YORKTON - Rural and Remote Health Minister Everett Hindley was in Yorkton last week, and what he had to say on a couple of key local region issues sounded very much like the answers which have been offered for years by the Saskatchewan Party.
In terms of the much-discussed, and much-needed new regional hospital for Yorkton, surprise, surprise, it remains on the government to-do list, but there is no suggestion when a build might start.
Hindley did point to some $200K committed to further planning for the facility. He said the work includes everything from how many beds are ultimately needed, to what services are to be included, to crystal balling what population trends are in the region.
Now there is no denying such work is important, but let’s not forget a plan was created years ago for a new hospital. It was largely locally generated at the request of the province and was ultimately seen as too grandiose by government and was rather quickly shelved.
Of course the problem there was the parameters established by the government before planning started. If you have a budget figure you will not exceed, that needs to be on the table before you start planning.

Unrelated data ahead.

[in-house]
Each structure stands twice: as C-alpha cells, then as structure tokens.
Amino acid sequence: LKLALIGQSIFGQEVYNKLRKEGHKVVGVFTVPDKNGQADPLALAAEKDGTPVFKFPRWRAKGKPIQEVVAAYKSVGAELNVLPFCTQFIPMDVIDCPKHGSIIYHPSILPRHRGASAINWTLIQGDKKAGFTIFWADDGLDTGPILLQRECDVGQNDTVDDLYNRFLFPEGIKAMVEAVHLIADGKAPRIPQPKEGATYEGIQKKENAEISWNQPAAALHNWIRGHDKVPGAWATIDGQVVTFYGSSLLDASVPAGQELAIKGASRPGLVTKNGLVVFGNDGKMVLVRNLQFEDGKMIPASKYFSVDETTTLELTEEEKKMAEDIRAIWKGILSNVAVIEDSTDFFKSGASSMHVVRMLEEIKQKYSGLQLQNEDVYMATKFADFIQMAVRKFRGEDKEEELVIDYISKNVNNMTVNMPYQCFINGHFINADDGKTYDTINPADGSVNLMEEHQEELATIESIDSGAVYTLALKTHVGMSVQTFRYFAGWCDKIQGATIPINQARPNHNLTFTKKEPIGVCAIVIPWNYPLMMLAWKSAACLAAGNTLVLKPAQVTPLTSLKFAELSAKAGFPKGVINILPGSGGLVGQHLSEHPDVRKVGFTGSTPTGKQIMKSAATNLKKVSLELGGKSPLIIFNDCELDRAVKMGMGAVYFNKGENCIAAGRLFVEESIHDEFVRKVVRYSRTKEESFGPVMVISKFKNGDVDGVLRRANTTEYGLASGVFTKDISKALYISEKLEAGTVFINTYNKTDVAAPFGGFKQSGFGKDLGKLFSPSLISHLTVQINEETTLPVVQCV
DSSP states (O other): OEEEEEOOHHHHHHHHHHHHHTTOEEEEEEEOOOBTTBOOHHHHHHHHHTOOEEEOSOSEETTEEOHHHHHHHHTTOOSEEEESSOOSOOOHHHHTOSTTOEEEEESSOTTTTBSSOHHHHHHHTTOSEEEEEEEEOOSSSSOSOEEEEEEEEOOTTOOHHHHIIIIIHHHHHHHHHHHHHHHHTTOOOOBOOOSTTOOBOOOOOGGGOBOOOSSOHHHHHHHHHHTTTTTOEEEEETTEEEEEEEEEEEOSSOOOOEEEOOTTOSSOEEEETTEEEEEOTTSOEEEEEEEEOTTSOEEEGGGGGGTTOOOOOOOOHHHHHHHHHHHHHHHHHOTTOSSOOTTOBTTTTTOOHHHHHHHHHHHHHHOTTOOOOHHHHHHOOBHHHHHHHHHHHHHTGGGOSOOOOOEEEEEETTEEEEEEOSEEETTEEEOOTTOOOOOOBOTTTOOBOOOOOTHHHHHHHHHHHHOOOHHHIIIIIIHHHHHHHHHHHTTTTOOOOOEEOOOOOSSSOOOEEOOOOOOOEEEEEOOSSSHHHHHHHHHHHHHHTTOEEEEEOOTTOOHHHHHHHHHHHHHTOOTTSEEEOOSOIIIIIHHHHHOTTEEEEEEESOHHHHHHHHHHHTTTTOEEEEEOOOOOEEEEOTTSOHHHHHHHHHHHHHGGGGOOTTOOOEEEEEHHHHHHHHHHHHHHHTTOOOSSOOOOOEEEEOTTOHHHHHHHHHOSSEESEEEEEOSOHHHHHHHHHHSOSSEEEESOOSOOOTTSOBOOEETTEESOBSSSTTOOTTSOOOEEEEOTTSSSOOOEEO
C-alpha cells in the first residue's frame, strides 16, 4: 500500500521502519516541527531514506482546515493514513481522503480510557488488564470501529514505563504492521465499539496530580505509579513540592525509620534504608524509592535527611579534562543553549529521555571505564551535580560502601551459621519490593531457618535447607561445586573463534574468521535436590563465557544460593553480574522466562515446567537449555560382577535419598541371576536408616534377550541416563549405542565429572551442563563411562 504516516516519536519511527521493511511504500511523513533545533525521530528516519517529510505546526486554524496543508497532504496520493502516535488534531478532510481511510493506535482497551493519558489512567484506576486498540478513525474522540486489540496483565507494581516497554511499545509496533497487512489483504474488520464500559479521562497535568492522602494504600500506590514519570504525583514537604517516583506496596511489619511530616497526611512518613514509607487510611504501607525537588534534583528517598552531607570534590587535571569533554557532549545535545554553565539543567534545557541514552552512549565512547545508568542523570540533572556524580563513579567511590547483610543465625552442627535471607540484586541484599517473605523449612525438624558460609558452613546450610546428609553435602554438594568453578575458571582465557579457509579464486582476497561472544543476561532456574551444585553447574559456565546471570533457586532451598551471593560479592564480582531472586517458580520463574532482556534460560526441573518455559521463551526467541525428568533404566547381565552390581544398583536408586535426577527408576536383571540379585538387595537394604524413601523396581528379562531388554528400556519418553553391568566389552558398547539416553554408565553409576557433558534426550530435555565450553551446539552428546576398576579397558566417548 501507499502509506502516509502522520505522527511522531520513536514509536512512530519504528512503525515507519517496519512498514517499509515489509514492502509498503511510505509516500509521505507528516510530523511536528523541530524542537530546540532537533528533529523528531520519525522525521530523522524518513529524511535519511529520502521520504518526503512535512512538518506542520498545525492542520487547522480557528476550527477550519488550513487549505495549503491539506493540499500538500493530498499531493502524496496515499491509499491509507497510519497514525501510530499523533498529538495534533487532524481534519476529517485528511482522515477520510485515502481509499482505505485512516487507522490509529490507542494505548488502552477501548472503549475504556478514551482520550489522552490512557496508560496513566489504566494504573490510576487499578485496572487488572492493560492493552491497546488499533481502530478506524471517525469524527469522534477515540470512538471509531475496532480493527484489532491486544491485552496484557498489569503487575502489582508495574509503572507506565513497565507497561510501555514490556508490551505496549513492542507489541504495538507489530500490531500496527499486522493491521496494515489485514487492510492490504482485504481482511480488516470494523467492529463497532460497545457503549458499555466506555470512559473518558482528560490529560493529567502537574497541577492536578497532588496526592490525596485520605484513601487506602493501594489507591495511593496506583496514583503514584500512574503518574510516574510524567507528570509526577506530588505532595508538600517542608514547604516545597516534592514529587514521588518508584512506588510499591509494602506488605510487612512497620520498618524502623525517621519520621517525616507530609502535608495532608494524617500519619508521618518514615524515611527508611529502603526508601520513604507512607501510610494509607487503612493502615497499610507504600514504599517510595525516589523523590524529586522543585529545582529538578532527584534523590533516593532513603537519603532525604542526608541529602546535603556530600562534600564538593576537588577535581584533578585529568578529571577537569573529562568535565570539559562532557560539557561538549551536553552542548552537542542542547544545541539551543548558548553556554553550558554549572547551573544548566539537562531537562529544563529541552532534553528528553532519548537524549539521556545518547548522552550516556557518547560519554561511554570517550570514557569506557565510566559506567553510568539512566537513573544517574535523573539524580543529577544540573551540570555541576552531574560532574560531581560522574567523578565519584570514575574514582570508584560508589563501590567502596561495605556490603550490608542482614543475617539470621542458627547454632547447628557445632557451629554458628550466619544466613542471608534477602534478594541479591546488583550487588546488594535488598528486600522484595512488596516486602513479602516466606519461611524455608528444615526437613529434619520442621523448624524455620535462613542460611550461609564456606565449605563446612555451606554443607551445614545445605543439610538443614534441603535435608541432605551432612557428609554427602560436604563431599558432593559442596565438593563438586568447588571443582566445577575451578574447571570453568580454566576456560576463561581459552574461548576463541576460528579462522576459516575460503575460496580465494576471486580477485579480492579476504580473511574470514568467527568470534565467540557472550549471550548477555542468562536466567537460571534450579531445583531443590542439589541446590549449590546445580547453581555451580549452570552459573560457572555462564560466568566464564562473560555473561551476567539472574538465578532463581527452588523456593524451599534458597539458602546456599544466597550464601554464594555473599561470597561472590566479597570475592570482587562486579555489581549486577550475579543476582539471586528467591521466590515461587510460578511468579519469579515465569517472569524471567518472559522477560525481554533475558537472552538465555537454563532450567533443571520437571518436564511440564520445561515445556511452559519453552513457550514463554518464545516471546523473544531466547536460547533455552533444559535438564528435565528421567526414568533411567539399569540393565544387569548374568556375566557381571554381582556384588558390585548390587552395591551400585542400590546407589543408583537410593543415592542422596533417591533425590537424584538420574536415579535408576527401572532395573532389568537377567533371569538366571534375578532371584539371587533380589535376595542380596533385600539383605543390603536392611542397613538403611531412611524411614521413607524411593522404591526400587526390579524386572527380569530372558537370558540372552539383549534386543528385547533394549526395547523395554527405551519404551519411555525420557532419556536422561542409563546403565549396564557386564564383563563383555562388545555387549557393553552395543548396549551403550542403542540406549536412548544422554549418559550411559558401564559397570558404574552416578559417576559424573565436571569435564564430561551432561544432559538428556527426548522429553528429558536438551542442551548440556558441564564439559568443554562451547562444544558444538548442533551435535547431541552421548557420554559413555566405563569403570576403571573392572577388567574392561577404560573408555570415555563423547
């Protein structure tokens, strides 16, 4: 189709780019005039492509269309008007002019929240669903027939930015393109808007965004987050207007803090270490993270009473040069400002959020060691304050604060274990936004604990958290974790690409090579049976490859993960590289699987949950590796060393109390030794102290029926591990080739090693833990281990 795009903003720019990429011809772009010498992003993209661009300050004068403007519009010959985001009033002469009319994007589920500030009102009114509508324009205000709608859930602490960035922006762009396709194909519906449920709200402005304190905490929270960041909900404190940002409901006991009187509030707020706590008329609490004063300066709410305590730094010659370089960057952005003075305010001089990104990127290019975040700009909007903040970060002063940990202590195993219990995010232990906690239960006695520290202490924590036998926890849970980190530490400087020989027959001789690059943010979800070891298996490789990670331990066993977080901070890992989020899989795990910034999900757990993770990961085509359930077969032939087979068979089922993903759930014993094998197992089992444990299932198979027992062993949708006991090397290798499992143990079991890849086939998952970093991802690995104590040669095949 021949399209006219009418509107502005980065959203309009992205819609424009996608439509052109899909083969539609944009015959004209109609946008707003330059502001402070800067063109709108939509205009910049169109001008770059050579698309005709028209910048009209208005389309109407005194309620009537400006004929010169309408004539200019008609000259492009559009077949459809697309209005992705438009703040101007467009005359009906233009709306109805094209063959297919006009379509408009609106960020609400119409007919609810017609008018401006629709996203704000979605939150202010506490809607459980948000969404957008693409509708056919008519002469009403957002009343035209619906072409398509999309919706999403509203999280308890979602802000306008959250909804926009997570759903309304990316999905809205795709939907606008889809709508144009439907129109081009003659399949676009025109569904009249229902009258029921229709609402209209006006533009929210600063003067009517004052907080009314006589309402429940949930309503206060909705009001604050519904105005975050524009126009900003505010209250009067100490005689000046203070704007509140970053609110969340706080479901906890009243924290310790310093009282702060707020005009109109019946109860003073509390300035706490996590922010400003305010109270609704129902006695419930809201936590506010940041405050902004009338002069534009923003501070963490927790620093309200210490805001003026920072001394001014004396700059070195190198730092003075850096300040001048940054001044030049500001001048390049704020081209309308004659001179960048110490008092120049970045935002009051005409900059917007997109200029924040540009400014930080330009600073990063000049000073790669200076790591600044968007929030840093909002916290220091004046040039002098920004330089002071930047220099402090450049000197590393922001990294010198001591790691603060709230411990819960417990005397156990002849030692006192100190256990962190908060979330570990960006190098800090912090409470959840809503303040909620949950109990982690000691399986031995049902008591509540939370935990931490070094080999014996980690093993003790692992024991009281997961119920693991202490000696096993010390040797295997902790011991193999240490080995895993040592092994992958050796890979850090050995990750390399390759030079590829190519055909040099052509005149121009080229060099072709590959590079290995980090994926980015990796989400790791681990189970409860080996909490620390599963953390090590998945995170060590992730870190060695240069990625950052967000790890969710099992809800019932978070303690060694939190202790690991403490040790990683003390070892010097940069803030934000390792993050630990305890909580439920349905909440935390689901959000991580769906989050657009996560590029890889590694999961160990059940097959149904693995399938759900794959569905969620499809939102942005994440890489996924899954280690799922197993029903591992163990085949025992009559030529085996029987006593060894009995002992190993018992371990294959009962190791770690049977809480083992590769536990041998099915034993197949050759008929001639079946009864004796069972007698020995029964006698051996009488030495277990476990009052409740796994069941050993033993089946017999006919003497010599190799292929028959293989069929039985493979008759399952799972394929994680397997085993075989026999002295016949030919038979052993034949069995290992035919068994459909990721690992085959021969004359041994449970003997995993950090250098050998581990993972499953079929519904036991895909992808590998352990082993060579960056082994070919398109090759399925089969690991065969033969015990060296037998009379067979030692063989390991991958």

Since that process local fundraising continued until there was $1 million salted away and the local Health Foundation changed course to fund needed equipment realizing at that point no local hospital build was imminent.
At this point you also need to question how much planning is needed. There has been an announced expansion in Prince Albert and a new build in Weyburn, so a plan should pretty much already exist.
The Saskatchewan Party has focused a lot of its attention on a single health board to streamline services, a big part of which is not overlapping efforts, yet here they are reinventing the hospital plan for Yorkton.
Next up Hindley faced questions about temporary bed closures in Kamsack, which he said were unfortunate but necessary because there were staff shortages.
Staff shortages in health care are a long-term problem, which occur right across Canada, so ultimately the question comes down to what is being done to address the issue?
Hindley said the government is looking at a number of ways to address the issue, including potentially adding more training seats for needed health care professionals.
But, again the government has had years to find workable solutions, and the issue is not going away. For example, lab services in Yorkton transferred to Regina more than a year ago because of staffing issues remains in Regina. Hindley said the plan remains to return services to the city, but no timeframe is in place as staffing remains an issue.
Obviously staffing issues are not easily solved or someone across the country would have found the answer by now, but clearly a few ideas are needed in Saskatchewan soon.